Trial and error in making the Yankees lineup
If there is one thing the Yankees have had for the duration of the 2012 season, it was the fact that they have had a potent lineup. With Derek Jeter leading off and with Mark Teixeira and Robinson Cano supplying power in the middle of the order, nothing could go wrong for a team that has a somewhat comfortable lead in the American League East. However, manager Joe Girardi likes to move the players around in the order, which could affect how the team plays for that day.
Putting together a lineup is like a science experiment. Girardi tinkers with the lineup and puts it to the test. If it comes out good, then he might use the combination more often. If the results come out wrong, then he tries again and puts the players in a different order. When he does not have the important pieces of the lineup due to injuries (i.e.: Brett Gardner, Alex Rodriguez), Girardi has to think of a different way to make the lineup work with the technique of trial and error. Do you want an example of Girardi’s process of trial and error with the lineup?
After the Yankees lost Alex Rodriguez and already had Ichiro Suzuki in the lineup, Girardi had to think of a way to get all of his hitters together. Girardi decided to move Curtis Granderson into the leadoff spot and have Derek Jeter bat second in the lineup. Both Granderson and Jeter were hitting before the move and Girardi figured that Granderson and Jeter would continue hitting after the move. Both Jeter and Granderson were not hitting at all after Girardi made the move. Even if the move did work, Granderson would not have used his skills to his full potential. In the leadoff spot, Granderson would not have gotten a lot of RBI’s if he had hit a home run. To add to the issue, Granderson strikes out a lot, which is not something you would like from your leadoff hitter. Girardi realized the move was not working and tried moving Granderson down in the order on Wednesday and had him bat 6th in the order. Granderson went three for five with a 3-run homer.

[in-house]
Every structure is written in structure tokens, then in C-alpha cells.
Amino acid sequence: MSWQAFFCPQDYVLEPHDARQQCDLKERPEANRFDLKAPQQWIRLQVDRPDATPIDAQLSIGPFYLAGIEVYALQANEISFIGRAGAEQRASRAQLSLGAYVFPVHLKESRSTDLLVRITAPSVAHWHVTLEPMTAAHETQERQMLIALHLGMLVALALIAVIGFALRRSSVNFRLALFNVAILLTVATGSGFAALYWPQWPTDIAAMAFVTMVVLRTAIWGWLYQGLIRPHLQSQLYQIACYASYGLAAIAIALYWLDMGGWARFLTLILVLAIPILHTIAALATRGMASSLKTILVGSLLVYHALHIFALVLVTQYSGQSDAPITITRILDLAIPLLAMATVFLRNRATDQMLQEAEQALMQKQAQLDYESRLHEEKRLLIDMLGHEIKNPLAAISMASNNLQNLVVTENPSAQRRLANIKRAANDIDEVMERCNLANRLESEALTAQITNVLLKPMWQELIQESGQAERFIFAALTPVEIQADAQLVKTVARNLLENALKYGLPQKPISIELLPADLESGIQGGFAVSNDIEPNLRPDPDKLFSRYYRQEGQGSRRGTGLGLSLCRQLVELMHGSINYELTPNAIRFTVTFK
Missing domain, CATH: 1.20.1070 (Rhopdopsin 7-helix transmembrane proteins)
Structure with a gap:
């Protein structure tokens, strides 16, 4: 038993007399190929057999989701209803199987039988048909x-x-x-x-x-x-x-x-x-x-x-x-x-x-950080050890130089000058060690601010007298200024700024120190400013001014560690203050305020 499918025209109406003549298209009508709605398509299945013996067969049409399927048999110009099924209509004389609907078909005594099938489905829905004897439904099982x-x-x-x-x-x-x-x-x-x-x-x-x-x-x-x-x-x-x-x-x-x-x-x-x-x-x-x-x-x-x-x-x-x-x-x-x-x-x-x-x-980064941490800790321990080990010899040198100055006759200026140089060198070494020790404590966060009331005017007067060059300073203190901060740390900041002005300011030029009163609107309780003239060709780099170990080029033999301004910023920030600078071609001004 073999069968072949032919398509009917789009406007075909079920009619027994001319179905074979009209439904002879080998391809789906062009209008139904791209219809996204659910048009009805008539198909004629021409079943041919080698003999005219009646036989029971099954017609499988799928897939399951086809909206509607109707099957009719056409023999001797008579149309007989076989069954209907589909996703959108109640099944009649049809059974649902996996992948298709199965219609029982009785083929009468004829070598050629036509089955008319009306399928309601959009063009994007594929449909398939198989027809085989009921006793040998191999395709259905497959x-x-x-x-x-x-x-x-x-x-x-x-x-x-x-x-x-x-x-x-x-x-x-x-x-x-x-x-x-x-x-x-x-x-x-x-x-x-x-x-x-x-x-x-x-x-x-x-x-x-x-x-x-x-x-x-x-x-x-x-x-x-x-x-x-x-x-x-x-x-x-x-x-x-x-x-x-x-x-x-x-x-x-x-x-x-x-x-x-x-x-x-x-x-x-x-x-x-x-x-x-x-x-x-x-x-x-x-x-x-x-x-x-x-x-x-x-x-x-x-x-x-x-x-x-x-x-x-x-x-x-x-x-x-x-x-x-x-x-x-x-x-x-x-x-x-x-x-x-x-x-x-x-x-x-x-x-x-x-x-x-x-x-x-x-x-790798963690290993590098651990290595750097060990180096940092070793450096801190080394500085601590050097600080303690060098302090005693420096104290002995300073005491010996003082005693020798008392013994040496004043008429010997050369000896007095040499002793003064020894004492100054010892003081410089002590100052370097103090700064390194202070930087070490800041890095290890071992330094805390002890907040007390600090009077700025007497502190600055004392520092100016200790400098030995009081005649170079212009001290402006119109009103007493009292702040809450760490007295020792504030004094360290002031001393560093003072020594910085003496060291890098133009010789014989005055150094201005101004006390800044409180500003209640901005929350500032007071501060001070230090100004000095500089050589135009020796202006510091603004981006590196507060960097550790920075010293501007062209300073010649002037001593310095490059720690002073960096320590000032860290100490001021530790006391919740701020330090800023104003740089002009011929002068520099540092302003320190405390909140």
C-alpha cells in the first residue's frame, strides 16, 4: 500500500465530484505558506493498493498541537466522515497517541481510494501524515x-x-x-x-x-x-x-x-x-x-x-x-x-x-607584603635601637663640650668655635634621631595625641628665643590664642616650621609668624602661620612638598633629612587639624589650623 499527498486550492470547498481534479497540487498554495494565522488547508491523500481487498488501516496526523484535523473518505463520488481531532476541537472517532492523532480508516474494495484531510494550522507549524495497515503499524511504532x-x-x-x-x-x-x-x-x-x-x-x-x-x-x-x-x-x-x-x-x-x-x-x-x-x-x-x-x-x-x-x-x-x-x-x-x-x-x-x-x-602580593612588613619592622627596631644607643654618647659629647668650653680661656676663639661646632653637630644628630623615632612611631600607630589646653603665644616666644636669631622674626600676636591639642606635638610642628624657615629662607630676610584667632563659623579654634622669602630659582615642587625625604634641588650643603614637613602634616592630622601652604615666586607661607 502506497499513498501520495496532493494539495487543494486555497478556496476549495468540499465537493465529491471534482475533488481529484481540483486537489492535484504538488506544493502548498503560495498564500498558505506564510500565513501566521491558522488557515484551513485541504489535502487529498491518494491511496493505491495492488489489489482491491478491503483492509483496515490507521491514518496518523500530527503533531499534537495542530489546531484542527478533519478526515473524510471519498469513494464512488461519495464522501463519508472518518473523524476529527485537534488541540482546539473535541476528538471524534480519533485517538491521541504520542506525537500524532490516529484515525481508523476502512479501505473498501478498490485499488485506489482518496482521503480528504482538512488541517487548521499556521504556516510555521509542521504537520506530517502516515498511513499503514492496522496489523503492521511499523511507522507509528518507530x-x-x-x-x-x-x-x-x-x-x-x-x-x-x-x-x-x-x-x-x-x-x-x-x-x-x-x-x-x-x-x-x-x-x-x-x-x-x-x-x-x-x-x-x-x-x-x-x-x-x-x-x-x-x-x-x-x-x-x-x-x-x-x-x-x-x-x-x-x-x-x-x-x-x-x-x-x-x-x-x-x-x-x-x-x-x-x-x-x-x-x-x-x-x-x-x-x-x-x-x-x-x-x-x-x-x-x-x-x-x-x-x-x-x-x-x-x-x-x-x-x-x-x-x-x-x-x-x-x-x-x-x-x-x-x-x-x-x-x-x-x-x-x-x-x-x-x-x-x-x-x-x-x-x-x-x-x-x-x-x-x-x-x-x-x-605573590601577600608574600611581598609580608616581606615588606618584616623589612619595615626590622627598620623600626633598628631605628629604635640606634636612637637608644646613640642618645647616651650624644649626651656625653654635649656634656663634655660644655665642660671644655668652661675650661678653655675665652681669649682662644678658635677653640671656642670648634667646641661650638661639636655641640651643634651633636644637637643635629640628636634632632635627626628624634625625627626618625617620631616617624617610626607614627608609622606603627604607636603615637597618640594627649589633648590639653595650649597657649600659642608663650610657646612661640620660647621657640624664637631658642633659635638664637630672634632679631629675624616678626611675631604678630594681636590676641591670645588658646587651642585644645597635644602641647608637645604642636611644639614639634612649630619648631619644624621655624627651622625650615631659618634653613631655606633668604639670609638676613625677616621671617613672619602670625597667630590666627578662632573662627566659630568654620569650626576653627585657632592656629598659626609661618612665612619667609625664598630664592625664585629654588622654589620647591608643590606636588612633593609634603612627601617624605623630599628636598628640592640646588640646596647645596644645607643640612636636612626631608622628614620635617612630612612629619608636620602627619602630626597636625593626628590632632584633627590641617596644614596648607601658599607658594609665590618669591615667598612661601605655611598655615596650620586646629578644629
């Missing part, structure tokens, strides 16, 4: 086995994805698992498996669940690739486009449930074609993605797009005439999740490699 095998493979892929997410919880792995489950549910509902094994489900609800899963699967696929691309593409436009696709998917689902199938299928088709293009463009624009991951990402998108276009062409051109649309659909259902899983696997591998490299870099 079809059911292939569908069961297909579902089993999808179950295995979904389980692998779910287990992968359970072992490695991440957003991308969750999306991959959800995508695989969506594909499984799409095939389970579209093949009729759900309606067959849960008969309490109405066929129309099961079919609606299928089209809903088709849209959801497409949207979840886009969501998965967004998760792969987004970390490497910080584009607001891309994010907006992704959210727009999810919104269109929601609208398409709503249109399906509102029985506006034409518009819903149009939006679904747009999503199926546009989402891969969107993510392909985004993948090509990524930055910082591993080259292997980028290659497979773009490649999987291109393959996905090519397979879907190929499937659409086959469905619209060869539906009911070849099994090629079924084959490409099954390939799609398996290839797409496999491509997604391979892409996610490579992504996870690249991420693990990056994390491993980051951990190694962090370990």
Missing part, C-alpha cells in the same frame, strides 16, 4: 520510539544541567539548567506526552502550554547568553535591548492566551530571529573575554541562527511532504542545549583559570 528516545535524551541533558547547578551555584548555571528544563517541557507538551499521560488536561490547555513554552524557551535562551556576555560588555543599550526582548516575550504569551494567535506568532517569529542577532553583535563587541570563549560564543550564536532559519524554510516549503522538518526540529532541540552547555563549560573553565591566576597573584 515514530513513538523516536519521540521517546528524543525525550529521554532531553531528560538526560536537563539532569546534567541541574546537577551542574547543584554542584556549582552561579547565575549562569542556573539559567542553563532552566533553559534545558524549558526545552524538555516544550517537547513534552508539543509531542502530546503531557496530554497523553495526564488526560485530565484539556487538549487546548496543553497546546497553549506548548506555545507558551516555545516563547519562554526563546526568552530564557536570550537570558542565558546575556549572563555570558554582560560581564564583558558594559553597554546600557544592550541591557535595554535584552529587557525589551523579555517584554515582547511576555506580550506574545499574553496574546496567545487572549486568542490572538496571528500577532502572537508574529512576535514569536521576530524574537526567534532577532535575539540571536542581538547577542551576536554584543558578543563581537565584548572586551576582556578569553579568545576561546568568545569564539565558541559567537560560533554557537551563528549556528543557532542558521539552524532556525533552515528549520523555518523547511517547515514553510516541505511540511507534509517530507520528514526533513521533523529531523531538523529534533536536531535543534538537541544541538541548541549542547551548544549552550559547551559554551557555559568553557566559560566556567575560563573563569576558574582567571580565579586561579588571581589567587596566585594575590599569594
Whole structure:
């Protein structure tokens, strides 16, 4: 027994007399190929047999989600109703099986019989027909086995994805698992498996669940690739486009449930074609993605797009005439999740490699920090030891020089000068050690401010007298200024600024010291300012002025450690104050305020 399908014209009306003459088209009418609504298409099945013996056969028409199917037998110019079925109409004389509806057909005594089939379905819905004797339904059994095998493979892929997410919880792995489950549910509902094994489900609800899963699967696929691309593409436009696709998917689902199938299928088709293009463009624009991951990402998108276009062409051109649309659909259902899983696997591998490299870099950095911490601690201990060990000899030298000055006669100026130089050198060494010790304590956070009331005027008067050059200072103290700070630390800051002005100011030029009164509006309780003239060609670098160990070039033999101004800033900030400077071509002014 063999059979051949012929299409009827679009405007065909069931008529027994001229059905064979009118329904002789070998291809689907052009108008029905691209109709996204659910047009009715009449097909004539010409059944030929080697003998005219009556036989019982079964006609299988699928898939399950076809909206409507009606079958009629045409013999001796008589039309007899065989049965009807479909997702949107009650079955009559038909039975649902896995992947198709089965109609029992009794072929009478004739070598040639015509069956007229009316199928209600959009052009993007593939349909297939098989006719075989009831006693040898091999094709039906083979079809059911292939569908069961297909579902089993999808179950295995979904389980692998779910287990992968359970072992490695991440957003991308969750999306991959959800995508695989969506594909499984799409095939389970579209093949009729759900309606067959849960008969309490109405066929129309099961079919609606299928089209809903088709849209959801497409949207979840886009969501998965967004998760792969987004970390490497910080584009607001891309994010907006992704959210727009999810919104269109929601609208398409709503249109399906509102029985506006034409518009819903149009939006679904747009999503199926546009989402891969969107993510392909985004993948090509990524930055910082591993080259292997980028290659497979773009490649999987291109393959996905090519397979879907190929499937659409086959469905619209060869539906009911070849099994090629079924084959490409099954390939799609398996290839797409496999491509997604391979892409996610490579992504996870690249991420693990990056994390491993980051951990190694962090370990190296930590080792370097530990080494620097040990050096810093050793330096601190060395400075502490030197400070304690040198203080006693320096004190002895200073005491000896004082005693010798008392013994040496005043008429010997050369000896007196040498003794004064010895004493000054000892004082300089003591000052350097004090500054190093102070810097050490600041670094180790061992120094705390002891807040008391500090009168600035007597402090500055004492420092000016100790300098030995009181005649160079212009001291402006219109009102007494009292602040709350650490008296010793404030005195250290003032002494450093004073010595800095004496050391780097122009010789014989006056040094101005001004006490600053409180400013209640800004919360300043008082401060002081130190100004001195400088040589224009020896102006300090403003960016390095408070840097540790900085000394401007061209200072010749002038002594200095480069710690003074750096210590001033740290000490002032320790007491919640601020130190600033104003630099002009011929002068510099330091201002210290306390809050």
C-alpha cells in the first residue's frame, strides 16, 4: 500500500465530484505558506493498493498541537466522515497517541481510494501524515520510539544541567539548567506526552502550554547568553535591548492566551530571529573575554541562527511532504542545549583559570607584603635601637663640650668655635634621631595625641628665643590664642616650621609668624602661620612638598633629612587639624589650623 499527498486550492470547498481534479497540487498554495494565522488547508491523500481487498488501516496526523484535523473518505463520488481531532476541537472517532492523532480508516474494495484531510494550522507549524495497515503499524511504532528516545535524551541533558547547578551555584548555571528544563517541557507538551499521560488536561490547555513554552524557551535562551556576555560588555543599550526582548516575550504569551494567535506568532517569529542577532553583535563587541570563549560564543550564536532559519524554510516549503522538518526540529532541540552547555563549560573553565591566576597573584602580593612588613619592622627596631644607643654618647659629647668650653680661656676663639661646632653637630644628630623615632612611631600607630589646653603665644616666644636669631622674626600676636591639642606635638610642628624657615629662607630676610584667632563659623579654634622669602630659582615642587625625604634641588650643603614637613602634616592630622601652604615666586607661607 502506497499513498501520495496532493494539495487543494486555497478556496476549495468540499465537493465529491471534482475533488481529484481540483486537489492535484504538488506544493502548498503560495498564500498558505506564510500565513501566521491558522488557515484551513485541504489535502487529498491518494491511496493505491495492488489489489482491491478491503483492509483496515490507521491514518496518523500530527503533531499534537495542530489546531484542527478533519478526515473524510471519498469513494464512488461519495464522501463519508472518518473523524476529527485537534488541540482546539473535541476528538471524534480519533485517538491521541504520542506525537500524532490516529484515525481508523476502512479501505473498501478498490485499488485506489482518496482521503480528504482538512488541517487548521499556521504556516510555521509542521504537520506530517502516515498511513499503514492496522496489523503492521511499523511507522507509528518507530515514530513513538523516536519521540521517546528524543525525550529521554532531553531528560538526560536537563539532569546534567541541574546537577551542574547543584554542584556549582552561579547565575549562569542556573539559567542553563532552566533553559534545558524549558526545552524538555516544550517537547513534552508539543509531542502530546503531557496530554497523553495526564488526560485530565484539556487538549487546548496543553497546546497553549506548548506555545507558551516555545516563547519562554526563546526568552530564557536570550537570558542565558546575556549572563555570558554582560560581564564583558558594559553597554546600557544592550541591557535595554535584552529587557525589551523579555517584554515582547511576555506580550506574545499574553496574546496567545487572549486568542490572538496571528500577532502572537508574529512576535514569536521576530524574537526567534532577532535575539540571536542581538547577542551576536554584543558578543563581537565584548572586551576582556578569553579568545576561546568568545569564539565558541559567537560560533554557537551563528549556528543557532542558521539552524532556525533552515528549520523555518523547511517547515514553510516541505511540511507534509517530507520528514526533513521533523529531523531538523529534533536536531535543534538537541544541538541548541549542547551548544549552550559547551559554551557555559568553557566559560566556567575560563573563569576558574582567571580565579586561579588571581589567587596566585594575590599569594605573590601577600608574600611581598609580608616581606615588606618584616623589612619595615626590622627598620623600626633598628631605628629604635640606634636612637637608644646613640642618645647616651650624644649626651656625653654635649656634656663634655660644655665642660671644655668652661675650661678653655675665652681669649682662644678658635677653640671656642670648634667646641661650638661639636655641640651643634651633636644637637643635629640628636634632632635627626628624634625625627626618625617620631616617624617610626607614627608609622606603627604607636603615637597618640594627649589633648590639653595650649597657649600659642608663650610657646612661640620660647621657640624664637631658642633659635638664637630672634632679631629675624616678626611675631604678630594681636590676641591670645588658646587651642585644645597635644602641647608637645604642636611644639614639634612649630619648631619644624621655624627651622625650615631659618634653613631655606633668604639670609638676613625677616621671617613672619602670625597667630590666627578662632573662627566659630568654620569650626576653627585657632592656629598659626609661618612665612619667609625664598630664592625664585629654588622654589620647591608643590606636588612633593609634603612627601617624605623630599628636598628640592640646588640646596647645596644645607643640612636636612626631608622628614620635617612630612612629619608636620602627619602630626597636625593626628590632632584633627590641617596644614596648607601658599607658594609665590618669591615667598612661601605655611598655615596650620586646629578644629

When piecing the lineup together, Girardi has no margin for error. He has to make the moves correctly for his team so that their abilities could be used to its upmost potential. Sometimes the lineup might not produce the way we would like, but that is the joy of trial and error. If something does not work, then scrap it and try again.
Posted on August 10, 2012, in Analysis, Personal Opinion and tagged Alex Rodriguez, Brett Gardner, Curtis Granderson, Derek Jeter, Ichiro Suzuki, Joe Girardi, Lineups, New York Yankees. Bookmark the permalink. 2 Comments.